Partnerships in Greener Pastures

Organic Valley teams up with Nelson Institute graduate program.

Mark Parker petting a calf in a cage while his son is standing next to him. Photo courtesy of Organic Valley
Mark Parker petting a calf in a cage while his son is standing next to him. Photo courtesy of Organic Valley

About 80 miles northwest of Science Hall sits 538 acres of farmland. It’s Parker Hill Century Farm, owned and operated by the Parker family since 1899. After seeing family members fall ill after working with chemicals, the farm became a certified organic operation in 2007. Parker Hill Century Farm is one of nearly 1,800 members of Organic Valley, an independent cooperative of family farmers. Founded in 1988, Organic Valley has grown into one of the largest organic consumer brands in the world

Headquartered in La Farge, Wisconsin, Organic Valley has a history of partnership with UW–Madison. They’ve provided financial support to the entities like the UW Organic Collaborative and the Center for Integrated Agricultural Systems, as well as engaged in multidisciplinary research on topics like pasture health and the environmental impacts of organic agriculture. This year, Organic Valley is forging a new partnership with the Nelson Institute for Environmental Studies’ environmental observation and informatics (EOI) master’s program.

The EOI program is a professionally focused master’s program where students focus on coursework and complete an independent project with a professional organization. New cohorts start each June and complete 32 credits over 15 months. In partnership with scientists at Organic Valley, the EOI program is recruiting a student to complete the program with a final project that will help Organic Valley measure their pasture production through satellite data. 

“As farmers, we understand the day-to-day requirements of pasture management. We look forward to working with researchers [who will] put the information that satellite technology can provide into the hands of farmers.”
— Greg Brickner, Organic Valley

Perennial pastures offer more than just good food production — they also sequester soil carbon, ensure biodiversity, and protect soil and water quality. “These are the reasons Organic Valley began the project of using newly available satellite imagery to help our farmers make wise decisions in pasture management,” says Greg Brickner, a UW alumnus and Organic Valley’s grazing specialis

The student paired with this project will interpret and analyze high-resolution satellite imagery, develop and validate statistical models, and communicate results to scientists and farmers. The end goal of the project is to provide reports to farmers that include estimates of forage biomass and quality as measured from satellites.

“The student will get the technical training to do the remote sensing and modeling work — and the application and communication training to provide a valuable product to farmers,” says EOI program manager Sarah Graves. “I also love that this opportunity highlights the value of the Nelson network.” The partnership grew from a final project in the Nelson Institute’s other professional master’s program, environmental conservation. Through a casual conversation following an exit seminar, advisor Carl Wepking got in touch with Brickner, who thought the EOI program was the perfect match for Organic Valley’s satellite project.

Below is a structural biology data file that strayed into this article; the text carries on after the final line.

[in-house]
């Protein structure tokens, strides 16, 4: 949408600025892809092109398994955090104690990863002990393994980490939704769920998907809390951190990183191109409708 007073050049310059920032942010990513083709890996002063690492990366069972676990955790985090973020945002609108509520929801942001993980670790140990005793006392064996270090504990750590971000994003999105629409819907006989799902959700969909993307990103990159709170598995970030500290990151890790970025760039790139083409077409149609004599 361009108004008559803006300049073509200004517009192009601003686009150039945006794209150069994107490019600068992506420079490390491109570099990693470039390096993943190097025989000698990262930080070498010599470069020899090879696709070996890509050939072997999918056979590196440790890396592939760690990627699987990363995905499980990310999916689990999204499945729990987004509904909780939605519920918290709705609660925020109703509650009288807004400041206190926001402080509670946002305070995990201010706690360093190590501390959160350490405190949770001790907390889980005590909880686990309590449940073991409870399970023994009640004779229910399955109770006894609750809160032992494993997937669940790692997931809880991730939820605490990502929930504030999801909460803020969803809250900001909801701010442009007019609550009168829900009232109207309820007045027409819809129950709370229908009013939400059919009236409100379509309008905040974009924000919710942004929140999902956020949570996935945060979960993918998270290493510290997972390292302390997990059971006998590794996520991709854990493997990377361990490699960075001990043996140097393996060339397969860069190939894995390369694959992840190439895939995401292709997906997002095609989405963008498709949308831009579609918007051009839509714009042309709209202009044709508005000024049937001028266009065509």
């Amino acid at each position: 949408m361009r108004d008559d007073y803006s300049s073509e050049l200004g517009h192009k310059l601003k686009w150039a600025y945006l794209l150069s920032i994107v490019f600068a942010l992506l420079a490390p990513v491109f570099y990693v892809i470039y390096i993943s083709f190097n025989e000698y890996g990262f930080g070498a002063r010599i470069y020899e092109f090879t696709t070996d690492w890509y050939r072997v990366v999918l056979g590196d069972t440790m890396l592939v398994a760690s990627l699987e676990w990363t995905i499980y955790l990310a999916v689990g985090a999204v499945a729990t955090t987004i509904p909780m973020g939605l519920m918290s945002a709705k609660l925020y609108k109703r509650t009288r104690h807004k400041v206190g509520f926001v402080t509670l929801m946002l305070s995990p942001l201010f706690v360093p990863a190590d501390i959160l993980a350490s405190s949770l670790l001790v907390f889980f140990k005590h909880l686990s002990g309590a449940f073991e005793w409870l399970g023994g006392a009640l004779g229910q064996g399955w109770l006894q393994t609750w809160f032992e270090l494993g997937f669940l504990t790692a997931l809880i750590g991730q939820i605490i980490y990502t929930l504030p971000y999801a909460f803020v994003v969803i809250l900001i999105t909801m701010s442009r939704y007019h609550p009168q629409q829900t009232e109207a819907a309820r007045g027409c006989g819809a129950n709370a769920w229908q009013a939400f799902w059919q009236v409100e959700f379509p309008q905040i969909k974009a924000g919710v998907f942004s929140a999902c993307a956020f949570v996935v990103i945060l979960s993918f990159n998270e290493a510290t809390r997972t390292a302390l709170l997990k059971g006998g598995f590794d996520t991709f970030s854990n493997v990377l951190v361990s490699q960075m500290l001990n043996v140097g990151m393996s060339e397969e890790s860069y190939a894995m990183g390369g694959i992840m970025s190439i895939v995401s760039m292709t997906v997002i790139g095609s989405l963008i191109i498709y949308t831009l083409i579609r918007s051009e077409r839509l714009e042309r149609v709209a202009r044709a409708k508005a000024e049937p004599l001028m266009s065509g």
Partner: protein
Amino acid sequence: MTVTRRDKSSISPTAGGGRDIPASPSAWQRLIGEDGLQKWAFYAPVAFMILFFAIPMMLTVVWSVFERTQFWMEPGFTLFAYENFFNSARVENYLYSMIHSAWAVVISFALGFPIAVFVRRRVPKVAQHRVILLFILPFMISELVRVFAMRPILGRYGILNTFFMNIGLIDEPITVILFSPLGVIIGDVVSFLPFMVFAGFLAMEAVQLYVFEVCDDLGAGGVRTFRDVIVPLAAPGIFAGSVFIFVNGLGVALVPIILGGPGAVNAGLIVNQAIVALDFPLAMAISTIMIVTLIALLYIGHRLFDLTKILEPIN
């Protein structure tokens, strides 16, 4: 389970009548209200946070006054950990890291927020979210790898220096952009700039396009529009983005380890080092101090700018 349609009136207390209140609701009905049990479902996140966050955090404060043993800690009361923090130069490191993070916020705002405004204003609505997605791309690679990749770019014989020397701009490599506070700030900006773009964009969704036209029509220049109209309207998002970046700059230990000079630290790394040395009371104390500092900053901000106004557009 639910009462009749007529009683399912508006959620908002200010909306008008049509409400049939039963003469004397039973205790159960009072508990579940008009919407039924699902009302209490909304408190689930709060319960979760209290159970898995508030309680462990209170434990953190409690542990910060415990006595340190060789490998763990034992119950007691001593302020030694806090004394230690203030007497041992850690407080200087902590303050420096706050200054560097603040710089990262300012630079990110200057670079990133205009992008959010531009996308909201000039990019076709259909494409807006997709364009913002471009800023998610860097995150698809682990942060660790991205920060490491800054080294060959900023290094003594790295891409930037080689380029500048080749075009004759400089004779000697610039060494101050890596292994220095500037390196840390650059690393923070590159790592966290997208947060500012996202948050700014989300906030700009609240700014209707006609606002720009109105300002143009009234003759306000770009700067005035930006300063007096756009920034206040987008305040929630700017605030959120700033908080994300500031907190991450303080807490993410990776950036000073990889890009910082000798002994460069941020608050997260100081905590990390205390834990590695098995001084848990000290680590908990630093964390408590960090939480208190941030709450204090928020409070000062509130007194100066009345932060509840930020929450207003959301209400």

“As farmers, we understand the agronomy and day-to-day requirements of pasture management, but depend upon private and public researchers to move the technical part of our project forward,” says Brickner. “We look forward to working with researchers interested in putting the information this technology can provide into the hands of farmers.”

This partnership project offers a unique opportunity to learn the fundamentals of environmental remote sensing and relevant programs while also boosting their professional skills by working with a real client.

“Everything you do in the EOI program is something you can use to help land your next career step,” says David Kolodziejski, a 2022 graduate of the program. “Every project can be used in your portfolios or LinkedIn profiles. The projects and materials can take you far.”

The Organic Valley project will start with the June 2023 EOI cohort. To be considered, interested researchers must apply to the EOI program by April 1. This partnership has created a unique opportunity for an applicant with a background in agriculture, agronomy, agroecology, or a related field, either through their undergraduate degree or work experience; an interest in collaborating with non-academic audiences; as well as familiarity with geospatial data and rotational grazing dairy farms in the U.S. However, students of all backgrounds are encouraged to apply to the EOI program, and admitted students will be matched with a project of their choosing or interest area. While EOI students are not provided funding packages, there is an opportunity to apply for a research grant through Organic Valley.

“A lot of students come into EOI wanting to explore different career paths, and our program provides the support and guidance to do so,” says EOI program manager Sarah Graves. “Students who have identified their interests and need that extra bit of training get a lot out of this program. They hit the ground running and can immediately translate what they learn into real application and professional advancement.” 

For full details, visit If you have questions about the EOI program or the application process, contact Sarah Graves.